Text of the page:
Personal Financing
"Save a little money each month and at the end of the year you'll be surprised at how little you have." Ernest Haskins

Most small startup business are initially funded by the personal assets of the entrepreneur. Some funding for your small business is likely to come from your direct contributions of personal savings or assets to the business (e.g., an early retirement incentive payout). Additional personal funds are often contributed after the entrepreneur borrows money through a personal (consumer) loan and then contributes that money as an equity investment into the business.

 
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The majority of consumer loans will require that you secure the loan with an equity (ownership interest) in an asset that exceeds the amount of the loan. Unless you have an extremely solid personal credit history with a commercial lender, the institution is unlikely to grant an unsecured loan to a startup business.

There is a great variety of personal assets that you can use as collateral to obtain cash from a lender, but perhaps the most common source is a residence. You can use this asset to: obtain a first or second mortgage, to refinance an existing mortgage, or to secure a home equity loan or line of credit. The major disadvantage to using your house as collateral is that default on the loan can mean forfeiture of your home.

Nearly all commercial banks and residential lending institutions will have options available for home-backed financing. The period and computation of the rate of interest, upfront points, closing costs, administrative costs and burdens, the length of loan, loan conditions, and default terms all affect the real cost of a loan. Whether or not the local lender will sell your mortgage to another creditor may also be a consideration for you.

For second mortgages or lines of credit, you should anticipate that lenders will allow a maximum total mortgage debt, including preexisting mortgages, of approximately 70 percent to 85 percent of the current market value of your residence. Recently, some lenders have begun offering financing up to 100% of your home's current market value, but interest rates are steep, and the risk of losing your home if your business fails make these loans a last-ditch choice for most budding entrepreneurs.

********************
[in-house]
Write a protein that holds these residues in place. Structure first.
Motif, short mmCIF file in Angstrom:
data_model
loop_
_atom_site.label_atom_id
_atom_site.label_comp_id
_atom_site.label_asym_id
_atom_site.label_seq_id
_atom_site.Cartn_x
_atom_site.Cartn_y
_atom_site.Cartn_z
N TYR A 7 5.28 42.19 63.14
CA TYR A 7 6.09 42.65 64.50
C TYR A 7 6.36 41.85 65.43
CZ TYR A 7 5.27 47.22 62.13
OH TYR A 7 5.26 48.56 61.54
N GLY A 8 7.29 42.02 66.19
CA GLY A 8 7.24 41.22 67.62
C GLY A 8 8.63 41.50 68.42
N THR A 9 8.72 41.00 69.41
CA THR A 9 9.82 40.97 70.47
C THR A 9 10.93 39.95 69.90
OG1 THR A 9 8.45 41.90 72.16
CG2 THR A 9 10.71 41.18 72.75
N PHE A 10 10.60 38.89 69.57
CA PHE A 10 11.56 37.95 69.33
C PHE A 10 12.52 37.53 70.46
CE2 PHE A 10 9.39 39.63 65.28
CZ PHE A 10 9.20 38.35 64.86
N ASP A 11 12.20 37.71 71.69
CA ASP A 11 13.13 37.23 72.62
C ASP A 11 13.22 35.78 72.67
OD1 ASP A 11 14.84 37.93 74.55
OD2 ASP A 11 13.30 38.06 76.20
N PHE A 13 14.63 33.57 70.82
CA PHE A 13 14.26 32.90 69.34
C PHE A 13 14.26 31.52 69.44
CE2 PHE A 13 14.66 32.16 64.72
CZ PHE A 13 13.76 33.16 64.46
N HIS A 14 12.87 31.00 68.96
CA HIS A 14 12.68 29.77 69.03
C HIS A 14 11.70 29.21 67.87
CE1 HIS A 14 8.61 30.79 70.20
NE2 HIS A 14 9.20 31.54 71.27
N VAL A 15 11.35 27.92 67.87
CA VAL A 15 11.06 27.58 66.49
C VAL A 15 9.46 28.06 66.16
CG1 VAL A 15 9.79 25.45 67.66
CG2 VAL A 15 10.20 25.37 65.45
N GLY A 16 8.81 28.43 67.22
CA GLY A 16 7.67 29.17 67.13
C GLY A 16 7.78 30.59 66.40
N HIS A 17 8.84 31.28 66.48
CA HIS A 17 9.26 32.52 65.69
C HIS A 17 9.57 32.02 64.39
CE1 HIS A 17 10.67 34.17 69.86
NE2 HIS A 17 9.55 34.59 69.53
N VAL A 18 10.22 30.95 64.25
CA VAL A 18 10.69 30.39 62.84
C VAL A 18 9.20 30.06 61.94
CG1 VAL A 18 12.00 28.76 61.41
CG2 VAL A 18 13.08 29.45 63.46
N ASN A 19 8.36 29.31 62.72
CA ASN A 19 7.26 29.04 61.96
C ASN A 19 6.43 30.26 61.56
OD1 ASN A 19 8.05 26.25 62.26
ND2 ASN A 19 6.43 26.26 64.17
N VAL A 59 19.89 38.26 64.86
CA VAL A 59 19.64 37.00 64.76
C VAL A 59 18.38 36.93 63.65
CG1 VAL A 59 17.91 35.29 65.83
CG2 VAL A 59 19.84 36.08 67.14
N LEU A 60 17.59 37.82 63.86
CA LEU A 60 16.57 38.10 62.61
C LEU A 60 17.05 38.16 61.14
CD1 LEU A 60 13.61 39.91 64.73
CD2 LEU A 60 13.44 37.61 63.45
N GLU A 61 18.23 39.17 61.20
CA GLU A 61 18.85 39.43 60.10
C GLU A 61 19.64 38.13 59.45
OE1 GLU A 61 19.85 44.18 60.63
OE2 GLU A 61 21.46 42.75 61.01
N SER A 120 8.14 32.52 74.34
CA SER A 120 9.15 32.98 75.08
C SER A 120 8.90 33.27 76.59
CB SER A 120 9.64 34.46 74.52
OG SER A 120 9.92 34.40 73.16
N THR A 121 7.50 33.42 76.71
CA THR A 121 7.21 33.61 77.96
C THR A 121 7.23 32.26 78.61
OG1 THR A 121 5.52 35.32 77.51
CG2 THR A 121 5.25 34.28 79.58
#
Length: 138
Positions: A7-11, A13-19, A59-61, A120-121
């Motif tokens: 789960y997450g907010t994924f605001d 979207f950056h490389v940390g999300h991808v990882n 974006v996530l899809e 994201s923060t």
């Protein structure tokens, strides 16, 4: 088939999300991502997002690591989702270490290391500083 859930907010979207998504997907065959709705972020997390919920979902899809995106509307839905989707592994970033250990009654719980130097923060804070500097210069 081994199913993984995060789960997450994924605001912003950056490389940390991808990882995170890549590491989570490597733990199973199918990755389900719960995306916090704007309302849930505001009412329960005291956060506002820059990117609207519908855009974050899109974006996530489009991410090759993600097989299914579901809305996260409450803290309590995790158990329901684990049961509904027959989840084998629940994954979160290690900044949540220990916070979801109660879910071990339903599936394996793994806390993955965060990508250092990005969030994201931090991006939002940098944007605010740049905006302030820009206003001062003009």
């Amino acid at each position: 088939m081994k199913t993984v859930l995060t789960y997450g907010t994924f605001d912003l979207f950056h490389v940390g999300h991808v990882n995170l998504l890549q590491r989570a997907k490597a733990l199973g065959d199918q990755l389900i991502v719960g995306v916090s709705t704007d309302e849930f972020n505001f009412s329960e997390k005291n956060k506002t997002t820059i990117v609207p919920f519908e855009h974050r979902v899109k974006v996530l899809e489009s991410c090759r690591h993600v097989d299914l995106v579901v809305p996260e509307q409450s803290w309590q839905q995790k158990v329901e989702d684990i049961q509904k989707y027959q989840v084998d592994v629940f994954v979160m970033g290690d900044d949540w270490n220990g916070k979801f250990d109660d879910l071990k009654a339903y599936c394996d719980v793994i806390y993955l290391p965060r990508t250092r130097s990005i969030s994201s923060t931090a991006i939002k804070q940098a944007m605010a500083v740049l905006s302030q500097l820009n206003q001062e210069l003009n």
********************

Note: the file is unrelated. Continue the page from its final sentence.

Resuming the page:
Example

If your property is currently valued at $180,000 and you have an existing mortgage of $80,000, your equity value in the house is $100,000. If the lender's maximum loan-to-value percentage is 80 percent, your maximum second mortgage would be for $64,000. The reason for this is that you must continue to maintain at least 20 percent equity in the home ($36,000), leaving $144,000 available to be financed. $144,000 - $80,000 (your existing mortgage) = $64,000.

Also, be aware that second, or even third, mortgages will typically have higher interest rates than first mortgages because the lender is subordinate to a prior mortgagor. (In other words, if you default on the loans, the first-mortgage lender will be paid off first, and the second-mortgage lender may not be paid at all.) In instances where your interest costs would not be significantly increased, you may be better off refinancing the existing mortgage for an increased loan amount rather than taking a second or third mortgage.

 
Did You Know?

In the event real estate is to be used as collateral, borrowers should be aware that banks and other regulated lenders are now required by law to obtain third-party appraisals on real estate-related transactions of $50,000 or more. Certified appraisals are required for loans of $250,000 or more. When commercial real estate represents the major piece of collateral for an loan, the SBA will also require a third-party appraisal.

Other than your residence, other commonly used collateral for secured consumer loans include other real estate, life insurance policies , any existing machinery or other business equipment, stock, and pension plans.

For instance, you can usually borrow the cash surrender value of an ordinary life insurance policy. You are not obligated to repay the loan principal, only to pay interest on the loan. The rate of interest charged depends upon when the policy was purchased; rates on older policies might be very favorable. Of course, borrowing against your own policy means the eventual death benefit of the policy will be diminished by the amount of the loan, plus the loss of interest.

You may also have other assets in your personal portfolio that permit you to borrow from them or that can be used as collateral in a conventional loan. For example, if you have an employee retirement plan, you may be able to borrow against those savings up to a certain percentage of your total plan value. Marketable securities can also be pledged to a bank as collateral for a loan.

 
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If you can qualify for a consumer or home equity loan, you might be better off not disclosing that the purpose for your loan will be a new small business. Conservative lenders may be more skeptical of making a consumer loan if they know that the money will be invested into a startup business.